On June 28, 2012, the U.S. Supreme Court ruled, in a land­mark deci­sion, that the Patient Pro­tec­tion and Afford­able Care Act (ACA), includ­ing the pro­vi­sion that most Amer­i­cans car­ry health insur­ance or pay a penal­ty, is constitutional.

The ACA, signed into law in 2010, made sweep­ing reforms to health-care cov­er­age in the Unit­ed States. Many pro­vi­sions of the law have already tak­en effect. A num­ber of oth­er pro­vi­sions are sched­uled to take effect in sub­se­quent years, includ­ing the require­ment that most Amer­i­cans and legal res­i­dents have qual­i­fy­ing health insur­ance (excep­tions apply) or pay a penal­ty in the form of a tax. Here’s a sum­ma­ry of some of the impor­tant pro­vi­sions that are already in place, and those that are on their way by 2014.

In effect now

  • Chil­dren can no longer be denied insur­ance cov­er­age because of pre-exist­ing conditions
  • Pay­ment of $250 rebate to Medicare Part D ben­e­fi­cia­ries sub­ject to the cov­er­age gap (begin­ning Jan­u­ary 1, 2010) and grad­u­al­ly reduc­ing the ben­e­fi­cia­ry coin­sur­ance rate in the cov­er­age gap from 100% to 25% by 2020
  • Insur­ers will not be able to impose life­time caps on insur­ance coverage
  • All plans offer­ing depen­dent cov­er­age will be required to allow chil­dren to remain under their par­ents’ plan until age 26
  • Insur­ers can­not can­cel or deny cov­er­age if you are sick except in cas­es of fraud
  • Adults with pre-exist­ing con­di­tions will be able to buy cov­er­age from tem­po­rary high-risk pools until 2014, when cov­er­age can­not oth­er­wise be denied for pre-exist­ing conditions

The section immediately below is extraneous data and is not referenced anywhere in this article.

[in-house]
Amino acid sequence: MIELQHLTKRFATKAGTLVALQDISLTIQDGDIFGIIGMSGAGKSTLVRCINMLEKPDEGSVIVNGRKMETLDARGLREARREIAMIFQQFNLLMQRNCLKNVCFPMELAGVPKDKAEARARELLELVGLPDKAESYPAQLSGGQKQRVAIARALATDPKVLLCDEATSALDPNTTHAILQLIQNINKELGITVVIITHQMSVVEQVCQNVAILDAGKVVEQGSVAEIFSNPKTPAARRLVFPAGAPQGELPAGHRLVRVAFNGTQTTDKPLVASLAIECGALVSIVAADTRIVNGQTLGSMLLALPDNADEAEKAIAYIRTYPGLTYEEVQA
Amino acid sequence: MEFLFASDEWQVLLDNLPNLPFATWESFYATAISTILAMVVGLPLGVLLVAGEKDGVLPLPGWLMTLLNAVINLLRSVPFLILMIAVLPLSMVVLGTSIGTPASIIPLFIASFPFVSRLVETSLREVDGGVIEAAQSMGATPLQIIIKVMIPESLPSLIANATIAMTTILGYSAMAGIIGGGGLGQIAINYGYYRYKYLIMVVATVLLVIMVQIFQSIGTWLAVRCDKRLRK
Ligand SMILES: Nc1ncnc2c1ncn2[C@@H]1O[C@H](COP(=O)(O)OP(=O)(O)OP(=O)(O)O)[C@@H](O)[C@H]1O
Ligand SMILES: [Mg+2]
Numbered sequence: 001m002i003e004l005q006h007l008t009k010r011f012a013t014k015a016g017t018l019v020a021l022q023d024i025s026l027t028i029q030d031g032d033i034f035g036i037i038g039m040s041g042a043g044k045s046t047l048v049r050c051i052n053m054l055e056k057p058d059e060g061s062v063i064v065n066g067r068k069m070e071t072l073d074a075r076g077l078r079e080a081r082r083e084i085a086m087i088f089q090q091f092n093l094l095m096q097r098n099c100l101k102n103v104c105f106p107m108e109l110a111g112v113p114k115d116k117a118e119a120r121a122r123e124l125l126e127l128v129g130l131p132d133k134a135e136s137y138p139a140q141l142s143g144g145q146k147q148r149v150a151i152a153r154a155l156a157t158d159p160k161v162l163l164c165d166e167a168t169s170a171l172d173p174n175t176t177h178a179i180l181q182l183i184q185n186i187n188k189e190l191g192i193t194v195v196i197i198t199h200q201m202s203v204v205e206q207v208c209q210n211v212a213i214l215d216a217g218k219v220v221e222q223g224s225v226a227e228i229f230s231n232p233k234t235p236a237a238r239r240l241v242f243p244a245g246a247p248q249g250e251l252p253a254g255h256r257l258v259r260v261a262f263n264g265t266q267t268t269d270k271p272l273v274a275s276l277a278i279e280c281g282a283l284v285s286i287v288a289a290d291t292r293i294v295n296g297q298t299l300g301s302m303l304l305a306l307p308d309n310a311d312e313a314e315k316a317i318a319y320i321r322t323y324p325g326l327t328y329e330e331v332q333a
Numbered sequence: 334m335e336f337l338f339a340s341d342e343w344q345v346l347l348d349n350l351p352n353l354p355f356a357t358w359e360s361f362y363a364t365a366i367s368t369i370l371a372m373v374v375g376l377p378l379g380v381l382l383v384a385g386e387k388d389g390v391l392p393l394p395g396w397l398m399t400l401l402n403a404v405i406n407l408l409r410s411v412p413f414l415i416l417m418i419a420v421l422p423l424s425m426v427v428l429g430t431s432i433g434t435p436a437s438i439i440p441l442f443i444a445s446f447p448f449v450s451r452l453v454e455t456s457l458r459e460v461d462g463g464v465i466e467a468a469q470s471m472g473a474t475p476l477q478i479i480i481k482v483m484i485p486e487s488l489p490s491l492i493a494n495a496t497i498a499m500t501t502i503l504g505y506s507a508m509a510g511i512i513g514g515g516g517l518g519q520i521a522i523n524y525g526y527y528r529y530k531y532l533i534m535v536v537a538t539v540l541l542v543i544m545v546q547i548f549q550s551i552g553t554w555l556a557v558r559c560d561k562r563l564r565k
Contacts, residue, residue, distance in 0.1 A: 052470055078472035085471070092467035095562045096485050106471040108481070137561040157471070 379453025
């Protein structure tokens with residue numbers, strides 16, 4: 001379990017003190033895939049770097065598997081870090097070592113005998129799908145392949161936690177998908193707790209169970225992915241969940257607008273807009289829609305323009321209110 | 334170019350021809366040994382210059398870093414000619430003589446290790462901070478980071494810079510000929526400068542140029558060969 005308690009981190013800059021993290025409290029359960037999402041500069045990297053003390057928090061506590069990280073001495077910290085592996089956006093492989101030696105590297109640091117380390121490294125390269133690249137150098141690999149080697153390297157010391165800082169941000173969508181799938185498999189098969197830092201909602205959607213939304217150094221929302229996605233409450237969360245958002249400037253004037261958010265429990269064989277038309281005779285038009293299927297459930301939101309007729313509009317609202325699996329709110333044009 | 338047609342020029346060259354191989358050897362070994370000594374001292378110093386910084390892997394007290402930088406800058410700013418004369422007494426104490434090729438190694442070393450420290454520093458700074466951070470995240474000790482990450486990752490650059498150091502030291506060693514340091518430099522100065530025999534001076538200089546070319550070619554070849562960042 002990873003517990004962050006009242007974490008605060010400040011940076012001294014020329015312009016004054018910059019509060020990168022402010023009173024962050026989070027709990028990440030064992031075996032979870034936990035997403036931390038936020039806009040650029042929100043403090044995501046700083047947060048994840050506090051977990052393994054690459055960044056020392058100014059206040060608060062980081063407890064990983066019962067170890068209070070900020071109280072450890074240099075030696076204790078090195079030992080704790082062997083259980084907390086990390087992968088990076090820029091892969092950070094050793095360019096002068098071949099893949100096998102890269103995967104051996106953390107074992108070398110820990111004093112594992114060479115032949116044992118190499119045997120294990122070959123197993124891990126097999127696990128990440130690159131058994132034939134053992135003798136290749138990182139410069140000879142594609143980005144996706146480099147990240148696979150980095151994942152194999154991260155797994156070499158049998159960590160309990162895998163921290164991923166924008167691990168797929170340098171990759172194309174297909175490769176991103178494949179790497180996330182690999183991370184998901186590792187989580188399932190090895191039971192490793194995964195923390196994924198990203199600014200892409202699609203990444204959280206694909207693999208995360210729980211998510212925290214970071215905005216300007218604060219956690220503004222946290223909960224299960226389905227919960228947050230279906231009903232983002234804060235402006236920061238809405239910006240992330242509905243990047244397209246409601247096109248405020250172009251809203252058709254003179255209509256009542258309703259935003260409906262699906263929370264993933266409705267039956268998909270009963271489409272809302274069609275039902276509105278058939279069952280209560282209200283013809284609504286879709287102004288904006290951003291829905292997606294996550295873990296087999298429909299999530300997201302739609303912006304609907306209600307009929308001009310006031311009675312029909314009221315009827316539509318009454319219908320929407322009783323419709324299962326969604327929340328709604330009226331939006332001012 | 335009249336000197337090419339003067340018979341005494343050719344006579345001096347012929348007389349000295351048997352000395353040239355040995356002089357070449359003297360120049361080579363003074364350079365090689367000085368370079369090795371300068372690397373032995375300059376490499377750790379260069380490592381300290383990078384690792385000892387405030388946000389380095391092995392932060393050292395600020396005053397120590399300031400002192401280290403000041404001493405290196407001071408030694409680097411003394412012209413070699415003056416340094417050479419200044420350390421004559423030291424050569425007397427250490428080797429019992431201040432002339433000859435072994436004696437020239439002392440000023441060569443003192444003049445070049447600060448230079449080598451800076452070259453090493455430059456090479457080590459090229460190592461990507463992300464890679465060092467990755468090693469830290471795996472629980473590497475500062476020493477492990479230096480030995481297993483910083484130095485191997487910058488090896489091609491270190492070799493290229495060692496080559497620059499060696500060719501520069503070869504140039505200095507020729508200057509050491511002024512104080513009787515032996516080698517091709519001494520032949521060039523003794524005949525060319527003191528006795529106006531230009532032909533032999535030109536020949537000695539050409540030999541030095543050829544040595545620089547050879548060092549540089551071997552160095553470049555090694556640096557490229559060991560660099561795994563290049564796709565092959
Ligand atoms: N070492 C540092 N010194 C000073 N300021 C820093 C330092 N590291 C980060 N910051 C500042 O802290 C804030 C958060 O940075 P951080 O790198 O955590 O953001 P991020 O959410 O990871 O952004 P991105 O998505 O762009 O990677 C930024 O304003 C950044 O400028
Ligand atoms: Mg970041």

• A Small Busi­ness Tax Cred­it exists for qual­i­fied small employ­ers who con­tribute at least 50% of the pre­mi­um cost of a qual­i­fy­ing health plan for employees
  • Employ­ers must dis­close on Form W‑2 the val­ue of an employee’s health insur­ance cov­er­age spon­sored by the employer


Key pro­vi­sions effec­tive on or before Jan­u­ary 1, 2014

  • Increas­ing the med­ical expense income tax deduc­tion thresh­old to 10% of adjust­ed gross income, up from the cur­rent 7.5% (Jan­u­ary 1, 2013)
  • Increas­ing the Medicare Part A tax rate by 0.9% on wages over $200,000 for indi­vid­u­als ($250,000 for mar­ried cou­ples), and assess­ing a new 3.8% tax on some or all of the net invest­ment income for these high­er-income indi­vid­u­als (Jan­u­ary 1, 2013)
  • Health FSAs in cafe­te­ria plans will be lim­it­ed to $2,500 (Jan­u­ary 1, 2013)
  • All Amer­i­cans must car­ry health insur­ance or face a penal­ty (in the form of a tax) of up to 2.5% of house­hold income on indi­vid­u­als.  The max­i­mum house­hold penal­ty will be $285 but will increase to $2,085 by 2016.  Excep­tions exist for eco­nom­ic hard­ship, reli­gious beliefs, and oth­er sit­u­a­tions.  (Jan­u­ary 1, 2014)
  • Adults with pre-exist­ing con­di­tions can­not be denied cov­er­age or have their insur­ance can­celled due to pre-exist­ing con­di­tions (Jan­u­ary 1, 2014)
  • A require­ment that states estab­lish an Amer­i­can Health Ben­e­fit Exchange that facil­i­tates the pur­chase of qual­i­fied health plans and includes an Exchange for small busi­ness­es (Jan­u­ary 1, 2014)
  • Tax cred­its will be avail­able to qual­i­fy­ing fam­i­lies to off­set the cost of health insur­ance pre­mi­ums (Jan­u­ary 1, 2014)
  • Employ­ers with more than 50 full-time equiv­a­lent employ­ees must offer health insur­ance for their employ­ees or be fined per employ­ee (Jan­u­ary 1, 2014)
  • Impos­ing tax­es or fees on health insur­ance providers and drug com­pa­nies, while doc­tors and hos­pi­tals will receive less com­pen­sa­tion from gov­ern­ment sources (Jan­u­ary 1, 2014)
  • A 40% excise tax on insur­ers who pro­vide employ­er spon­sored “Cadil­lac” or high-val­ue plans.  The thresh­old is increased for employ­ees engaged in high-risk pro­fes­sions (Jan­u­ary 1, 2018)


So is this it?

While the Supreme Court has ruled the ACA con­sti­tu­tion­al, it may still face chal­lenges as Con­gress may seek to repeal the law. The ulti­mate fate of the health-care reform law may be deter­mined by the out­come of the Novem­ber elections.